The question of whether or not massage is beneficial before an event has also been investigated. In a systematic review of nine different studies from 2018, authors admit that although the data were insufficiently comprehensive, there was definitely an indication that massage actually adversely impacted athletes’ ability to perform. As a result, authors concluded that pre-event massage is not advisable.

A different study not included in the systematic review looked at sprinters who received massage as one of four different pre-event treatments. In this case, researchers found again that those who received a massage had a negatively impacted sprint performance.

Key Takeaways for Your Athletes

Given all of this, how can coaches advise their athletes about how and when to use massage? Well, essentially, there is not a robust body of evidence out there to answer the question. There does however, seem to be adequate evidence to support eliminating pre-event massage. Still, I think that we need to look at the dearth of evidence and put a little context around the question at hand.

First and foremost, there are real psychological benefits to getting a massage. Personally, I make it a habit to go at least once a month and while I have long known from my own experience that I never come away from these treatments feeling particularly rejuvenated or recovered I also know that I love that hour of relaxation and it does wonders for my mental wellbeing. This should not be discounted and many athletes will likely benefit from this as well. 

The point of this article then isn’t to discourage athletes from getting massages, but maybe as a coach you should temper their expectations as to what they will really get out of them.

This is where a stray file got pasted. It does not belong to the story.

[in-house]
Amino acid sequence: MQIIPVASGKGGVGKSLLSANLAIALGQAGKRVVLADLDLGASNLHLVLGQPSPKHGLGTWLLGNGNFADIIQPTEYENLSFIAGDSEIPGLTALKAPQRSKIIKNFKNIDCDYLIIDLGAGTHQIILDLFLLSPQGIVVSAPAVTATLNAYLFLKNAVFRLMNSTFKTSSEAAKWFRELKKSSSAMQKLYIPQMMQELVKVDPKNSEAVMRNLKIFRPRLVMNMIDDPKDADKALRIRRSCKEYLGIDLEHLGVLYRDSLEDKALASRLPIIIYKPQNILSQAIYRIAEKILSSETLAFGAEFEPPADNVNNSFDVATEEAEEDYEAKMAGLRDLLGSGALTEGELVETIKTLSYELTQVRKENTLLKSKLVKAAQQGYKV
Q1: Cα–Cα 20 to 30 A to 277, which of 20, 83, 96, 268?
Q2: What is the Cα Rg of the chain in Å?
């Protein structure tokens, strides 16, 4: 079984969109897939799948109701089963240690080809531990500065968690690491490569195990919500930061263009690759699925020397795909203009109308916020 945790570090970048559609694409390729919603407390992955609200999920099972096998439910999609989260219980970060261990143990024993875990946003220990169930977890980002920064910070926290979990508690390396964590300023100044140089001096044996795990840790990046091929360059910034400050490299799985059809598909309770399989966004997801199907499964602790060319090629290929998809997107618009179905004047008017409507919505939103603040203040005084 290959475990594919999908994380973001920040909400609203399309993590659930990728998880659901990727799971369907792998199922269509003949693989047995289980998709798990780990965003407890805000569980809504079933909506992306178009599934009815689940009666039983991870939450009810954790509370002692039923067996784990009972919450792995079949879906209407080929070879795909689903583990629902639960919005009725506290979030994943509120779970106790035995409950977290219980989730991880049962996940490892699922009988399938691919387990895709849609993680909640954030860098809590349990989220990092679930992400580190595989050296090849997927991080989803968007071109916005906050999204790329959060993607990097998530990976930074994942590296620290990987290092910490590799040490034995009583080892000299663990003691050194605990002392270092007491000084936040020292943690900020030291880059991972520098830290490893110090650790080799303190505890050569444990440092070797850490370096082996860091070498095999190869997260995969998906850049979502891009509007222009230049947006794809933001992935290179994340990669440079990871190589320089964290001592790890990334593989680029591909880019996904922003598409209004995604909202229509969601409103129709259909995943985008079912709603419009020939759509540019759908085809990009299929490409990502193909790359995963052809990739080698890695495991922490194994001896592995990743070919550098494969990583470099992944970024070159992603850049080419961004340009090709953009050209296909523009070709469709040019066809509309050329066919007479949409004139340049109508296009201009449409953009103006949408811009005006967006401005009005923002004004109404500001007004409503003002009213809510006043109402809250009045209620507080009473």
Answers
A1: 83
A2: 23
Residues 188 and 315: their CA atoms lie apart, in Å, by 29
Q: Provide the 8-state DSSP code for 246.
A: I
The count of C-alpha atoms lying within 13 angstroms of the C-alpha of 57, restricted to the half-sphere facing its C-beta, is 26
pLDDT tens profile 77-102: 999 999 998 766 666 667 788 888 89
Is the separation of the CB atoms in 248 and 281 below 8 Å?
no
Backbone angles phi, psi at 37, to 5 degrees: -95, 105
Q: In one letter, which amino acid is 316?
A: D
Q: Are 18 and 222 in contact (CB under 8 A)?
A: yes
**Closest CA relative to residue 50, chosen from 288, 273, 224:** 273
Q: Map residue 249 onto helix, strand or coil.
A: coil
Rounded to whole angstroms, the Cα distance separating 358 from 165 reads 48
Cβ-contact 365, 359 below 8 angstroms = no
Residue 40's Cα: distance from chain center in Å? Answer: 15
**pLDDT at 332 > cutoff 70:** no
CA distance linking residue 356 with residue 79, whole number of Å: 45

1. Hoffman MD, Badowski N, Chin J, Stuempfle KJ. A Randomized Controlled Trial of Massage and Pneumatic Compression for Ultramarathon Recovery. J Orthop Sport Phys Ther. 2016;46(5):320-326. doi:10.2519/jospt.2016.6455

2. Moran RN, Hauth JM, Rabena R. The effect of massage on acceleration and sprint performance in track & field athletes. Complement Ther Clin Pract. 2018;30:1-5. doi:10.1016/j.ctcp.2017.10.010

3. Richard NA, Koehle MS. European Journal of Sport Science Optimizing recovery to support multi-evening cycling competition performance Optimizing recovery to support multi-evening cycling competition performance. 2018. doi:10.1080/17461391.2018.1560506

4. Moran RN, Hauth JM, Rabena R. The effect of massage on acceleration and sprint performance in track & field athletes. Complement Ther Clin Pract. 2018;30:1-5. doi:10.1016/j.ctcp.2017.10.010

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About Dr. Jeff Sankoff

Jeff Sankoff is an Emergency Physician, long time triathlete and USAT/IRONMAN University Certified coach. He has completed 6 IRONMAN races (including Kona) and more than fifty races at the 70.3 distance including 5 World Championships. He produces the TriDoc Podcast that can be found on most popular podcast platforms and iWork’s with LifeSport Coaching. You can learn more about him at his website: TriDoc Coaching.